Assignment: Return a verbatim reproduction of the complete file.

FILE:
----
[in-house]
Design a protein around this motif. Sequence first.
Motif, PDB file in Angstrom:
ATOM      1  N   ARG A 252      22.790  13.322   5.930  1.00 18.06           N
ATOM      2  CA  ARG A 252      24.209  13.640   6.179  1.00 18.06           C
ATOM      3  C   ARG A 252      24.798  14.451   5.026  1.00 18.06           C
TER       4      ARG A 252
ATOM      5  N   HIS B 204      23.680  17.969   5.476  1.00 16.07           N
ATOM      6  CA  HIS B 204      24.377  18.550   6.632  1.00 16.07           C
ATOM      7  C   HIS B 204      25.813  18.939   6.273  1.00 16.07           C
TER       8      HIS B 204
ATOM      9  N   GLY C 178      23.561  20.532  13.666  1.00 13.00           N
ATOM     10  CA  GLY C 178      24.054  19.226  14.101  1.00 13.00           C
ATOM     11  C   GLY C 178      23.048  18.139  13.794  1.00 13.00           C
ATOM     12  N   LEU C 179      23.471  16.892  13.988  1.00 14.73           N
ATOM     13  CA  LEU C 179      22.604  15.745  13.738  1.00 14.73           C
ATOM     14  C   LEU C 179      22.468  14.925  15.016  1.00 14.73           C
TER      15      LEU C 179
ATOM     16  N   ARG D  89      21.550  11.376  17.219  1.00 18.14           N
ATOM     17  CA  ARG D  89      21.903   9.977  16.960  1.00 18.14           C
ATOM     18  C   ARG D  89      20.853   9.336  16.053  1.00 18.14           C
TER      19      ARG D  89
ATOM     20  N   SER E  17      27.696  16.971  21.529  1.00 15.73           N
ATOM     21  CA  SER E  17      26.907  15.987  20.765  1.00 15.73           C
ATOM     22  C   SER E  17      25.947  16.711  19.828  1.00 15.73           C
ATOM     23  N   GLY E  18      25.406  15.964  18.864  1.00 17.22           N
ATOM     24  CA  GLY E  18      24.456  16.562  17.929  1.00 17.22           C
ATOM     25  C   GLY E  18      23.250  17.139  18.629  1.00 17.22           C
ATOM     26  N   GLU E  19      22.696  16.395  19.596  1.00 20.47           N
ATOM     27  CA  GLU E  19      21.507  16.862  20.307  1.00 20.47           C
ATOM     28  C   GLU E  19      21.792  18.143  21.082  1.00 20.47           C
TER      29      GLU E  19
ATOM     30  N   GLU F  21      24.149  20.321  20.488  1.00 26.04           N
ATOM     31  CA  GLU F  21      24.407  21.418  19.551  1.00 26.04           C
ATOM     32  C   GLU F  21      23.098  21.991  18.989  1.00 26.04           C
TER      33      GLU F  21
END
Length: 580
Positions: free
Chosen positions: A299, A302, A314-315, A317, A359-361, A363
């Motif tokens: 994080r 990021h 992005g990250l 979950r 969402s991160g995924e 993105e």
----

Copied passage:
[in-house]
Design a protein around this motif. Sequence first.
Motif, PDB file in Angstrom:
ATOM      1  N   ARG A 252      22.790  13.322   5.930  1.00 18.06           N
ATOM      2  CA  ARG A 252      24.209  13.640   6.179  1.00 18.06           C
ATOM      3  C   ARG A 252      24.798  14.451   5.026  1.00 18.06           C
TER       4      ARG A 252
ATOM      5  N   HIS B 204      23.680  17.969   5.476  1.00 16.07           N
ATOM      6  CA  HIS B 204      24.377  18.550   6.632  1.00 16.07           C
ATOM      7  C   HIS B 204      25.813  18.939   6.273  1.00 16.07           C
TER       8      HIS B 204
ATOM      9  N   GLY C 178      23.561  20.532  13.666  1.00 13.00           N
ATOM     10  CA  GLY C 178      24.054  19.226  14.101  1.00 13.00           C
ATOM     11  C   GLY C 178      23.048  18.139  13.794  1.00 13.00           C
ATOM     12  N   LEU C 179      23.471  16.892  13.988  1.00 14.73           N
ATOM     13  CA  LEU C 179      22.604  15.745  13.738  1.00 14.73           C
ATOM     14  C   LEU C 179      22.468  14.925  15.016  1.00 14.73           C
TER      15      LEU C 179
ATOM     16  N   ARG D  89      21.550  11.376  17.219  1.00 18.14           N
ATOM     17  CA  ARG D  89      21.903   9.977  16.960  1.00 18.14           C
ATOM     18  C   ARG D  89      20.853   9.336  16.053  1.00 18.14           C
TER      19      ARG D  89
ATOM     20  N   SER E  17      27.696  16.971  21.529  1.00 15.73           N
ATOM     21  CA  SER E  17      26.907  15.987  20.765  1.00 15.73           C
ATOM     22  C   SER E  17      25.947  16.711  19.828  1.00 15.73           C
ATOM     23  N   GLY E  18      25.406  15.964  18.864  1.00 17.22           N
ATOM     24  CA  GLY E  18      24.456  16.562  17.929  1.00 17.22           C
ATOM     25  C   GLY E  18      23.250  17.139  18.629  1.00 17.22           C
ATOM     26  N   GLU E  19      22.696  16.395  19.596  1.00 20.47           N
ATOM     27  CA  GLU E  19      21.507  16.862  20.307  1.00 20.47           C
ATOM     28  C   GLU E  19      21.792  18.143  21.082  1.00 20.47           C
TER      29      GLU E  19
ATOM     30  N   GLU F  21      24.149  20.321  20.488  1.00 26.04           N
ATOM     31  CA  GLU F  21      24.407  21.418  19.551  1.00 26.04           C
ATOM     32  C   GLU F  21      23.098  21.991  18.989  1.00 26.04           C
TER      33      GLU F  21
END
Length: 580
Positions: free
Chosen positions: A299, A302, A314-315, A317, A359-361, A363
């Motif tokens: 994080r 990021h 992005g990250l 979950r 969402s991160g995924e 993105e």